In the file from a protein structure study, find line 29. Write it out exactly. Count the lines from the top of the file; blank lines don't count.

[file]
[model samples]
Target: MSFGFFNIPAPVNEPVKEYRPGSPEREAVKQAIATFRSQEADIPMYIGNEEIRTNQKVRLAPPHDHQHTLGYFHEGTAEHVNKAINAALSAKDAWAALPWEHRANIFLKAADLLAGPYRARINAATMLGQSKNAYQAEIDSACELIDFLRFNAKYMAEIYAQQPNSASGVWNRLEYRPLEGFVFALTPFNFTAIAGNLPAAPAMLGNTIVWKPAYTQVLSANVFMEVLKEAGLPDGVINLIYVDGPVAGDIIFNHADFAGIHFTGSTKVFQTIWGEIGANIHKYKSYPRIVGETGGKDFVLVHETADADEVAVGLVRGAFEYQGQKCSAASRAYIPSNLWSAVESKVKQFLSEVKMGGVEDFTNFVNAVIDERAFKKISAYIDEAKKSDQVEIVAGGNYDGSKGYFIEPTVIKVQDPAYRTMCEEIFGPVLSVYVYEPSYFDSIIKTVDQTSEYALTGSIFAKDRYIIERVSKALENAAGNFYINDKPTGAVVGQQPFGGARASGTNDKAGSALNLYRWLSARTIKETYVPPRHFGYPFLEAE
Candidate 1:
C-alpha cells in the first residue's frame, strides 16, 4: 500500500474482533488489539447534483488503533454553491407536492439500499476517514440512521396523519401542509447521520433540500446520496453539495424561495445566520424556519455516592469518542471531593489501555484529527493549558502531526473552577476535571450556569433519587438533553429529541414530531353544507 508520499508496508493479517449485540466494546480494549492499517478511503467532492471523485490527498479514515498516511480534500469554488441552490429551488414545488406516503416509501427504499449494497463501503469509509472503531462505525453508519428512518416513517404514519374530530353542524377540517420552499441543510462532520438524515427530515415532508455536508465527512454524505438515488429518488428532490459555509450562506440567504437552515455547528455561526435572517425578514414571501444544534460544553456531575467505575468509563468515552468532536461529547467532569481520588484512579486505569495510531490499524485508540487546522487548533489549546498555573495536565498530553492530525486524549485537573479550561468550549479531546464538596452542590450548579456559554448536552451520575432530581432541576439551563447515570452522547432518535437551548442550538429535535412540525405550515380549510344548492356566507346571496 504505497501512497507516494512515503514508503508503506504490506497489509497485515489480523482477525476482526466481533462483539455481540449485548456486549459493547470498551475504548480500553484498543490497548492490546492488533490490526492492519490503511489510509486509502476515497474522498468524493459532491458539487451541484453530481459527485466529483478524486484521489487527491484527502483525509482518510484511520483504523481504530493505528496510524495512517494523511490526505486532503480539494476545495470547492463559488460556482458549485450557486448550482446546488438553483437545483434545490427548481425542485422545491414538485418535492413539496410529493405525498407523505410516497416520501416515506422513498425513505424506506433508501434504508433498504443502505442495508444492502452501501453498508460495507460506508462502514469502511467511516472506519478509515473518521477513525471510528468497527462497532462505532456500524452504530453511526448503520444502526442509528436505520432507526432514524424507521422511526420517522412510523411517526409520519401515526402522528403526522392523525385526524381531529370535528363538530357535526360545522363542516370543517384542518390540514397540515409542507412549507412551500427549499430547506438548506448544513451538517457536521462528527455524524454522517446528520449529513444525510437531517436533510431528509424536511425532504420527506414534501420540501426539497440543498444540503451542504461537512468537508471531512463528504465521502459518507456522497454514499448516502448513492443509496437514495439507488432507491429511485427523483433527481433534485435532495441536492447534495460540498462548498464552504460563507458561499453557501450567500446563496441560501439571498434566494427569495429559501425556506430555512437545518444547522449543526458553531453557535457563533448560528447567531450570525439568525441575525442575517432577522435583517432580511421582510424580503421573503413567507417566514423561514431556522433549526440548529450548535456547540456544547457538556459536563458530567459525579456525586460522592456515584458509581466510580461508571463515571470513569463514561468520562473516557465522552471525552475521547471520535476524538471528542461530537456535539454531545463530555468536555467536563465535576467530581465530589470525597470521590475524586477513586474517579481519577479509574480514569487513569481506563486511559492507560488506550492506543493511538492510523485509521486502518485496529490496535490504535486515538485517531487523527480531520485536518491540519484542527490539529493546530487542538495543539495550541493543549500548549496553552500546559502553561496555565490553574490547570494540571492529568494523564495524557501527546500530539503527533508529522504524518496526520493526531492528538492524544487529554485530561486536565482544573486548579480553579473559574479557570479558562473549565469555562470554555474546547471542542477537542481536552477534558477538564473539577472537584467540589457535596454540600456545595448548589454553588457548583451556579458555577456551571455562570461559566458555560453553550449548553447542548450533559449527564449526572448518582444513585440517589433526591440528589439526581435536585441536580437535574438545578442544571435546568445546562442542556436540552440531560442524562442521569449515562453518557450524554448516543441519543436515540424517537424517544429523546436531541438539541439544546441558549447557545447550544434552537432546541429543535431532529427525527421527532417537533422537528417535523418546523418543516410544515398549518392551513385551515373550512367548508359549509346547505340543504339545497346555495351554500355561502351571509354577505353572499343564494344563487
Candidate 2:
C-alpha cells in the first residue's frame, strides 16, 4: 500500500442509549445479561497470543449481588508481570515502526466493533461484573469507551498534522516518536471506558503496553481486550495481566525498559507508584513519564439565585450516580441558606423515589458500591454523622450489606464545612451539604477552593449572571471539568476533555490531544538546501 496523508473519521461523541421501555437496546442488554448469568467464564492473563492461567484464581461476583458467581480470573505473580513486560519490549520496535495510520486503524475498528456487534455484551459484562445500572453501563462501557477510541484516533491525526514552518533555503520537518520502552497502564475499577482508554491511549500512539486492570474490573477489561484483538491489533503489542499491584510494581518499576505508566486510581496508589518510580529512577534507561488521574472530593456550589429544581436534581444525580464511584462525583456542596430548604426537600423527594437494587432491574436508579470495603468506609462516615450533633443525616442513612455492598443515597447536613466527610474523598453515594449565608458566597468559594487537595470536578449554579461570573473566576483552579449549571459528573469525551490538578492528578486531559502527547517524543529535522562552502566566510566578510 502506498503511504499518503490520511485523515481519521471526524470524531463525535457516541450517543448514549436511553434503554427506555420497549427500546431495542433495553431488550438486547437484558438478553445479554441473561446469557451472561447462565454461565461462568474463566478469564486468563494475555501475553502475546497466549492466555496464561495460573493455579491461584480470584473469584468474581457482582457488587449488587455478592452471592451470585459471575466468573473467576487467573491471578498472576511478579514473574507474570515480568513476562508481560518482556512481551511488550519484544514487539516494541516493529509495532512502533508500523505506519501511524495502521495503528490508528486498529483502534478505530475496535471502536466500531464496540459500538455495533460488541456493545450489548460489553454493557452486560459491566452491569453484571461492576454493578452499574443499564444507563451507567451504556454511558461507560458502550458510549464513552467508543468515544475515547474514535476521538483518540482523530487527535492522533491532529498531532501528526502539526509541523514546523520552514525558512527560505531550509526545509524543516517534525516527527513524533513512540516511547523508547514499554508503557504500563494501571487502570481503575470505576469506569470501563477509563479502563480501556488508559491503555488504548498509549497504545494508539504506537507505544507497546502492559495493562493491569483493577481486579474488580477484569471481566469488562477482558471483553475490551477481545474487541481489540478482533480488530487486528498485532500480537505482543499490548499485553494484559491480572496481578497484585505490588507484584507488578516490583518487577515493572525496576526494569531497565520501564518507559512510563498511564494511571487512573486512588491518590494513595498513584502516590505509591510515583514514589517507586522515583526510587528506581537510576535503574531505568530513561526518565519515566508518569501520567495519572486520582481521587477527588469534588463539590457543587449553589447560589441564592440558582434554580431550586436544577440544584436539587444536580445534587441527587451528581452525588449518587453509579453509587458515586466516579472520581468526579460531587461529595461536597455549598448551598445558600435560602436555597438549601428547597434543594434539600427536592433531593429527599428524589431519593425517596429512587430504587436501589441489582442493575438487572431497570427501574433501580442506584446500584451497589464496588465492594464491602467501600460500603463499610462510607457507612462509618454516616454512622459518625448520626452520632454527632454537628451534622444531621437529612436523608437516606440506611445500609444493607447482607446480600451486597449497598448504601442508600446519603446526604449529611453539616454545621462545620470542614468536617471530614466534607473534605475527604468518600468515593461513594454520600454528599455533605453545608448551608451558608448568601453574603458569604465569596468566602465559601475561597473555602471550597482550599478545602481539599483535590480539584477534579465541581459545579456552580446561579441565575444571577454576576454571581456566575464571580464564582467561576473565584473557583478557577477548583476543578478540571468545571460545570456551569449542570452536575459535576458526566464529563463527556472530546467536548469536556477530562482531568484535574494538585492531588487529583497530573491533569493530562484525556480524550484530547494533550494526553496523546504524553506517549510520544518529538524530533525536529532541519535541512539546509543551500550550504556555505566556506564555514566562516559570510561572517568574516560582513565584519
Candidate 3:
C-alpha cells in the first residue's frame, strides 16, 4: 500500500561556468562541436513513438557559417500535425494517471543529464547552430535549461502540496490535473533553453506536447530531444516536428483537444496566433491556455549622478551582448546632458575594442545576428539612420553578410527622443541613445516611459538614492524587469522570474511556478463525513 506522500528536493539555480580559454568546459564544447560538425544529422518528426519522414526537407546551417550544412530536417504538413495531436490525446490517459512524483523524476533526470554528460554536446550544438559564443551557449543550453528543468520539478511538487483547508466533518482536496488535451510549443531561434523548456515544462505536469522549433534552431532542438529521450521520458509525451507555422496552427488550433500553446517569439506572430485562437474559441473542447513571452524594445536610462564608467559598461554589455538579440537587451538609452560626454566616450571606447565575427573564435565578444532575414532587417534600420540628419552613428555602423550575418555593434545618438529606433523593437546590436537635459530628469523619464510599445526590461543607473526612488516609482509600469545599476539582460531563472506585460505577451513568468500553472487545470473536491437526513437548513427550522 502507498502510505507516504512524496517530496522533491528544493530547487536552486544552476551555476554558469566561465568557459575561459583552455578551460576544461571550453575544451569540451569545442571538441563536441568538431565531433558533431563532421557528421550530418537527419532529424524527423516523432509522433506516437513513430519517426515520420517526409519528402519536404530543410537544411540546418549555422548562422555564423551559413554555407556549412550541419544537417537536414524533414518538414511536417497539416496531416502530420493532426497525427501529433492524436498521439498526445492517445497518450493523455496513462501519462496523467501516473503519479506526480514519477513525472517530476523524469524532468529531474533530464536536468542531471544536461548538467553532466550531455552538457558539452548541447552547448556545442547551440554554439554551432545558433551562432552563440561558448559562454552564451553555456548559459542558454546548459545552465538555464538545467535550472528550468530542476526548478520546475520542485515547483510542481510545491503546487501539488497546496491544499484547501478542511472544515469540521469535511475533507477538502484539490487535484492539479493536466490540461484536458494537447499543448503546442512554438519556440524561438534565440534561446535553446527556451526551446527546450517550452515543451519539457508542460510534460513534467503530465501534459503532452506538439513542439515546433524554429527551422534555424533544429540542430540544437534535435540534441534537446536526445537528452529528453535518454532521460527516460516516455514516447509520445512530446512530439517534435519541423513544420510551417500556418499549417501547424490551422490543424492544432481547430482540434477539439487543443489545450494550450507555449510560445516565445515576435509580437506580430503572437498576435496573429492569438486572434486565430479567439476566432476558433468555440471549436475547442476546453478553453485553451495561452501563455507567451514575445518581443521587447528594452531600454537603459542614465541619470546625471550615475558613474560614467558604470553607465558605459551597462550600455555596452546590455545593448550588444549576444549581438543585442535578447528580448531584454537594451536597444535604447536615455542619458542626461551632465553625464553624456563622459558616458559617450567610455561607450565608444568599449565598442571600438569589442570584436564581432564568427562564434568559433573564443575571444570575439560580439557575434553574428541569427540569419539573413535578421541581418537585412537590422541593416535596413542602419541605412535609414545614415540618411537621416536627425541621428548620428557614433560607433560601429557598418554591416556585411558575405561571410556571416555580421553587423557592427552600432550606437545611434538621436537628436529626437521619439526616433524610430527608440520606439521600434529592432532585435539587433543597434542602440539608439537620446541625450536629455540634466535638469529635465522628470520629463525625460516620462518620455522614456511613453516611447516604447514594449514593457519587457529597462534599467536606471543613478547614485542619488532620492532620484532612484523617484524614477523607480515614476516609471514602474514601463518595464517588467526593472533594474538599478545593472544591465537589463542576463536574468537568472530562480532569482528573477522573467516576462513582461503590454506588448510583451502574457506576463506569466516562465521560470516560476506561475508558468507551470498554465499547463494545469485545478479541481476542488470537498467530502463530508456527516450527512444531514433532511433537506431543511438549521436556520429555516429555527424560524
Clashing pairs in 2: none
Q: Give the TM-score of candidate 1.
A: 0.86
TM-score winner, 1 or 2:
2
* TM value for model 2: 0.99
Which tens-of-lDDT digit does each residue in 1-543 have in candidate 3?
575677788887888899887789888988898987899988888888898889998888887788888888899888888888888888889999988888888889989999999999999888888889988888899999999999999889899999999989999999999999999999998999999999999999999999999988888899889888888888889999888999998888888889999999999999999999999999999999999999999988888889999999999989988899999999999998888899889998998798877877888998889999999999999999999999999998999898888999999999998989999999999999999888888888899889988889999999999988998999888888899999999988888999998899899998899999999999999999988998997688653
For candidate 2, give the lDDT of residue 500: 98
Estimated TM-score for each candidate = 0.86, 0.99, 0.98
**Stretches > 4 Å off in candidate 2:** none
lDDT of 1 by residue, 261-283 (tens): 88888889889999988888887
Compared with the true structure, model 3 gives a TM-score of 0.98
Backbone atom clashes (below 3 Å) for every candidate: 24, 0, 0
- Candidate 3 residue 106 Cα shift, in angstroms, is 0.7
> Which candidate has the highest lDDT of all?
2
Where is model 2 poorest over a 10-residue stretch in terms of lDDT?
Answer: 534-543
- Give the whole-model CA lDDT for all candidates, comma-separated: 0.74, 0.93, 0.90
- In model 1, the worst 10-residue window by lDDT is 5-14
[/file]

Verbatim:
- In model 1, the worst 10-residue window by lDDT is 5-14